K. Walsh, J. P. Arena, W. Kwok
Apr 1, 1991
The American journal of physiology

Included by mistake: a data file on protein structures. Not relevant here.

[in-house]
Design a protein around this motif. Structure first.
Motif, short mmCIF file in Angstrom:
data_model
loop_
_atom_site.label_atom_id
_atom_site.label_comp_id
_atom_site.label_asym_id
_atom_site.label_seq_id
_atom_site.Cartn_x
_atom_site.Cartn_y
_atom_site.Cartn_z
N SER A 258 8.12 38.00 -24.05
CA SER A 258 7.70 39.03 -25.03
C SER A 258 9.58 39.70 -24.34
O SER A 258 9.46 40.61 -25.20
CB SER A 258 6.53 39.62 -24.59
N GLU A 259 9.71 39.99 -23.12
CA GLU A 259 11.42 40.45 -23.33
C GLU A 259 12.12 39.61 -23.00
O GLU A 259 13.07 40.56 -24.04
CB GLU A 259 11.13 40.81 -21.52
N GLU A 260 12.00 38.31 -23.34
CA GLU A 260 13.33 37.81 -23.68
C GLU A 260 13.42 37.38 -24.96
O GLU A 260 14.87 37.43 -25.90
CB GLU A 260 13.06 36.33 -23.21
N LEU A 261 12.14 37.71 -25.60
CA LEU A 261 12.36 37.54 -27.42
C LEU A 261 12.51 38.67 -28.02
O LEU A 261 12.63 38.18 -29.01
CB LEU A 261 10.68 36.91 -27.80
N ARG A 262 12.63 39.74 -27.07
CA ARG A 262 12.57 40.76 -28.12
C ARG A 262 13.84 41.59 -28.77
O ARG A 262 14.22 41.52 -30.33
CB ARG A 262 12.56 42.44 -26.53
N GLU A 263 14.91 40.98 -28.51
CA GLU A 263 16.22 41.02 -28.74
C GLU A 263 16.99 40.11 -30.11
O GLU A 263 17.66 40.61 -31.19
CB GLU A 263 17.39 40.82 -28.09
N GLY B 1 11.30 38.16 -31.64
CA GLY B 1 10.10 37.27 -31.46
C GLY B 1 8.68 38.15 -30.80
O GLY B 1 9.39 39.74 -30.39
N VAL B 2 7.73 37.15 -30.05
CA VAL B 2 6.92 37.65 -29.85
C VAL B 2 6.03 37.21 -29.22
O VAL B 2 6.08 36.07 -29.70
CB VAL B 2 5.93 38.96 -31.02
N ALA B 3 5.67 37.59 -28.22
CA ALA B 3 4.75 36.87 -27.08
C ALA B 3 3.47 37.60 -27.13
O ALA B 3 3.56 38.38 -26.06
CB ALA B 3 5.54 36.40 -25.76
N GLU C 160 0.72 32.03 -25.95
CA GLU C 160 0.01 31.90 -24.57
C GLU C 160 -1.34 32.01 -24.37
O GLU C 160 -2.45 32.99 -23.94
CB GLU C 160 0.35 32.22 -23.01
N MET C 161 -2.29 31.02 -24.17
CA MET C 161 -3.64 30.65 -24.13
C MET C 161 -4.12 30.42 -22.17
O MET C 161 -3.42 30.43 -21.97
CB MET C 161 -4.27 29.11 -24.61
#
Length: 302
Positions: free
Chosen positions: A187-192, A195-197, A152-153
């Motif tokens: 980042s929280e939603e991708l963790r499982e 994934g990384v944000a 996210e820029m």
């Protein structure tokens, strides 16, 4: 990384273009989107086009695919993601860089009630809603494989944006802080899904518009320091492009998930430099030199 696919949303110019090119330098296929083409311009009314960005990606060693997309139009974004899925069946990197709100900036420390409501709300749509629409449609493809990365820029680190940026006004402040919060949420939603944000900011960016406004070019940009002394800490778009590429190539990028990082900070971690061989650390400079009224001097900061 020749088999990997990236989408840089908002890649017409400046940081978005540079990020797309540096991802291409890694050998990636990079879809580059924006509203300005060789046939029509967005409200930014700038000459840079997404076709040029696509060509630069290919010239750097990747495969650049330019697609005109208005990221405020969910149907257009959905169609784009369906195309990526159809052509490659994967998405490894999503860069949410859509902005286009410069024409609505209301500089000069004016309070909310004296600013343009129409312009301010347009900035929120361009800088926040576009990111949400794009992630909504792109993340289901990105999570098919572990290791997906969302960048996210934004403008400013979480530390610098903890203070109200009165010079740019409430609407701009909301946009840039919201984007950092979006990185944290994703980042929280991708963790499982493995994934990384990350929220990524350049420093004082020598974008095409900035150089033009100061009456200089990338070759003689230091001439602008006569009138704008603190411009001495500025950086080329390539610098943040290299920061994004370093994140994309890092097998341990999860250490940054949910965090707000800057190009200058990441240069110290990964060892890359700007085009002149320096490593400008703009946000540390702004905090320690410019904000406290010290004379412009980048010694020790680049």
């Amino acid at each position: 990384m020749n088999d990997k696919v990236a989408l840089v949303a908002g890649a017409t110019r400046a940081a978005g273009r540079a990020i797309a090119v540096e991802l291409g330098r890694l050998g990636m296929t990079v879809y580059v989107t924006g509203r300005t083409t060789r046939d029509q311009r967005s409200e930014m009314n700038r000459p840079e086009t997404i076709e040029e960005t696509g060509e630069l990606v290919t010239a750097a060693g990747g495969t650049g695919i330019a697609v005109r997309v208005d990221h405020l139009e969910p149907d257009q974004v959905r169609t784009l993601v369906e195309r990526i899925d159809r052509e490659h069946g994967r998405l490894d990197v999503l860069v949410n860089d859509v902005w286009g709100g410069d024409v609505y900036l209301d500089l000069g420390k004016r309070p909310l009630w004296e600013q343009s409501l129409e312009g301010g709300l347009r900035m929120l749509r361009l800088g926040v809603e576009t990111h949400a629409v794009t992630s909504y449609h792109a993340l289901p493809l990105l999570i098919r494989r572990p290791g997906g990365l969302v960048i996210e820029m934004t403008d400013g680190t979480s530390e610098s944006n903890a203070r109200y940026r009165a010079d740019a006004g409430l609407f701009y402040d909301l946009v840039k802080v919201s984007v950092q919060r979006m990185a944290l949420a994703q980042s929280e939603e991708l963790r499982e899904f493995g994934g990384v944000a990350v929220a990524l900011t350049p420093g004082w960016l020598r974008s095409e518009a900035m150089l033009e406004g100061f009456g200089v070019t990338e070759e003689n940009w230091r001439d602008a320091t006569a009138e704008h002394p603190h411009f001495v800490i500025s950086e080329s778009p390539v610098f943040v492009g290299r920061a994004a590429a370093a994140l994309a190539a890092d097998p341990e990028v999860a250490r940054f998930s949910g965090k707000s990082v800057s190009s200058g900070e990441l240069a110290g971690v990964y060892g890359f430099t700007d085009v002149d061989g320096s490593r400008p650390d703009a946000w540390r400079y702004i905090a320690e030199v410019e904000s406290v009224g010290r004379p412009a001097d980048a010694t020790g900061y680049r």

When the patch-clamp technique was used, a slowly activating, time-dependent outward current was identified in both cell-attached and excised membrane patches obtained from guinea pig ventricular myocytes. This macroscopic patch current was present in approximately 50% of patches studied and could be observed both in the presence and absence of unitary single channel activity (i.e., ATP-sensitive K+ channels). The time course of activation of the patch current resembled that of the whole cell delayed-rectifier K+ current (IK) recorded under similar ionic conditions, and the patch current and IK were activated over a similar membrane potential range. The time-dependent patch current could be eliminated when the Nernst potential for K+ equaled that of the pulse voltage. The patch current was inhibited by external addition of the tertiary ammonium compound LY 97241 (50 microM) and was augmented after internal application of the catalytic subunit of adenosine 3',5'-cyclic monophosphate-dependent protein kinase (500 nM). Deactivating tail currents with kinetics similar to those of IK could be recorded to cell-attached and excised patches. Unitary single channel events underlying the time-dependent patch current could not be resolved despite various attempts to increase single channel conductance. Thus our results suggest that a major component of delayed rectification in guinea pig ventricular cells is due to the activity of a high-density, extremely low conductance K+ channel.